-end-
The paper "Neural substrates of shared attention as social memory: A hyperscanning functional magnetic resonance imaging study" will appear 15 January 2016 in NeuroImage; doi: 10.1016/j.neuroimage.2015.09.076

National Institutes of Natural Sciences

Related Brain Activity Articles from Brightsurf:

Inhibiting epileptic activity in the brain
A new study shows that a protein -- called DUSP4 -- was increased in healthy brain tissue directly adjacent to epileptic tissue.

What is your attitude towards a humanoid robot? Your brain activity can tell us!
Researchers at IIT-Istituto Italiano di Tecnologia in Italy found that people's bias towards robots, that is, attributing them intentionality or considering them as 'mindless things', can be correlated with distinct brain activity patterns.

Using personal frequency to control brain activity
Individual frequency can be used to specifically influence certain areas of the brain and thus the abilities processed in them - solely by electrical stimulation on the scalp, without any surgical intervention.

Rats' brain activity reveals their alcohol preference
The brain's response to alcohol varies based on individual preferences, according to new research in rats published in eNeuro.

Studies of brain activity aren't as useful as scientists thought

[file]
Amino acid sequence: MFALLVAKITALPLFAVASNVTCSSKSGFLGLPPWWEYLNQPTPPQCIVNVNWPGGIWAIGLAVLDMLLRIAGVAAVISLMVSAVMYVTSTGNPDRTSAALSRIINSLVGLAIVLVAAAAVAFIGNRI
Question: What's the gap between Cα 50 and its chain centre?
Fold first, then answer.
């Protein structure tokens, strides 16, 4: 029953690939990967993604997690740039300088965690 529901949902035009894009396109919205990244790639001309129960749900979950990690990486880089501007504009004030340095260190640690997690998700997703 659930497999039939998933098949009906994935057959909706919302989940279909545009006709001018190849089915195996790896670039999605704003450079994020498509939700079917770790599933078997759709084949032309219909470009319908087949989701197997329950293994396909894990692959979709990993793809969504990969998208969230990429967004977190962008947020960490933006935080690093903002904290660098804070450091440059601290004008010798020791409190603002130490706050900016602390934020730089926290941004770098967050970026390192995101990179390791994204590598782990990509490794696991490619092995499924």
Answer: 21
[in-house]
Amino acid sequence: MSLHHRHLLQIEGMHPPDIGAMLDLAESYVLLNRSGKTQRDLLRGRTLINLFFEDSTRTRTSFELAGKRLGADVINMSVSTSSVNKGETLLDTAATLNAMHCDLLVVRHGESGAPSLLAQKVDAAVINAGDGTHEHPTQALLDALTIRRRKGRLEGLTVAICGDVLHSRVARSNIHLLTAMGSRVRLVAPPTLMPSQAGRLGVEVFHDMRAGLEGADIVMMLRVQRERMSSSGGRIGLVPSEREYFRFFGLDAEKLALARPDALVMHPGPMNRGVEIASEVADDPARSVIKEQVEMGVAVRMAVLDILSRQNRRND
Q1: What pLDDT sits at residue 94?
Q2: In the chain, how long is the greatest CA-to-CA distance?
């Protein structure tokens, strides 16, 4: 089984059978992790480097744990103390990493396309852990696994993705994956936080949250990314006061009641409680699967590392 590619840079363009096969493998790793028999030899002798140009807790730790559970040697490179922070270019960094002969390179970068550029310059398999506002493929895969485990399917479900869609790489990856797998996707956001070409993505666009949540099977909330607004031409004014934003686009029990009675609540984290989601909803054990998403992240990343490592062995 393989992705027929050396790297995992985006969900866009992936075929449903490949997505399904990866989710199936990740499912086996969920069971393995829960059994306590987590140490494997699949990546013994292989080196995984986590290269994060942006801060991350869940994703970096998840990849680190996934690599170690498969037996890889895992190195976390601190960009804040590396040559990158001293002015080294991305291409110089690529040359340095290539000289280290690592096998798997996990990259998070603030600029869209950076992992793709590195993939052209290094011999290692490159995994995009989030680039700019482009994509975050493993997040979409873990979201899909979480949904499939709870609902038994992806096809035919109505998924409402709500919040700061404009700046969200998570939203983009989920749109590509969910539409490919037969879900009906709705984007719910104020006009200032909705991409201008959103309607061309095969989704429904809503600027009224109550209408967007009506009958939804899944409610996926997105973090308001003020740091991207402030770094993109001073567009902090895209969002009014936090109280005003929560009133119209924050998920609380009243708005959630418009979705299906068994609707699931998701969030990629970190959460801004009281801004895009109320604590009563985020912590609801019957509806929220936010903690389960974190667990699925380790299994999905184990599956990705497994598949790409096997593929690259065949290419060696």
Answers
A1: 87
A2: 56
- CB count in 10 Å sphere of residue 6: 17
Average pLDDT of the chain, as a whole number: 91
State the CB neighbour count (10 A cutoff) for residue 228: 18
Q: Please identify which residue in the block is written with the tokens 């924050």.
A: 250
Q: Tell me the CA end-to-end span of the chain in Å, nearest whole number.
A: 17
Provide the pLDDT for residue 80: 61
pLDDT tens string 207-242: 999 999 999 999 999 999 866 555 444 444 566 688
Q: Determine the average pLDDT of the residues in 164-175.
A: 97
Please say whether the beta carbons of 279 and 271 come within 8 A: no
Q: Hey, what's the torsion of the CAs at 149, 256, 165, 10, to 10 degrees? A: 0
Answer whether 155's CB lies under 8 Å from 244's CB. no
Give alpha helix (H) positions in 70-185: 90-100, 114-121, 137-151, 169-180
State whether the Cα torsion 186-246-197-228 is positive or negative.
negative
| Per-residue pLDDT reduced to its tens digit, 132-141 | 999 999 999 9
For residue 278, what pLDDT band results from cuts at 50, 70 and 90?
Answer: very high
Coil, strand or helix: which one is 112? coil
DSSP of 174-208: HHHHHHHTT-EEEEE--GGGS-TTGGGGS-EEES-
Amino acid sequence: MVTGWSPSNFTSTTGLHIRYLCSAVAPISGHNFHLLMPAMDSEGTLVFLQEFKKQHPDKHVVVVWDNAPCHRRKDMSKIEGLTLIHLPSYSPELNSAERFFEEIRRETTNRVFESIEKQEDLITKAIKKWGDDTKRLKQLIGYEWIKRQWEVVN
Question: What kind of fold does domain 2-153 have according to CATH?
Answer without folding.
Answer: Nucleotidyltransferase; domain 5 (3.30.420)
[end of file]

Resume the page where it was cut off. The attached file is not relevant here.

Hundreds of published studies over the last decade have claimed it's possible to predict an individual's patterns of thoughts and feelings by scanning their brain in an MRI machine as they perform some mental tasks.

A child's brain activity reveals their memory ability
A child's unique brain activity reveals how good their memories are, according to research recently published in JNeurosci.

How dopamine drives brain activity
Using a specialized magnetic resonance imaging (MRI) sensor that can track dopamine levels, MIT neuroscientists have discovered how dopamine released deep within the brain influences distant brain regions.

Brain activity intensity drives need for sleep
The intensity of brain activity during the day, notwithstanding how long we've been awake, appears to increase our need for sleep, according to a new UCL study in zebrafish, published in Neuron.

Do babies like yawning? Evidence from brain activity
Contagious yawning is observed in many mammals, but there is no such report in human babies.

Understanding brain activity when you name what you see
Using complex statistical methods and fast measurement techniques, researchers found how the brain network comes up with the right word and enables us to say it.

Read More: Brain Activity News and Brain Activity Current Events
Brightsurf.com is a participant in the Amazon Services LLC Associates Program, an affiliate advertising program designed to provide a means for sites to earn advertising fees by advertising and linking to Amazon.com.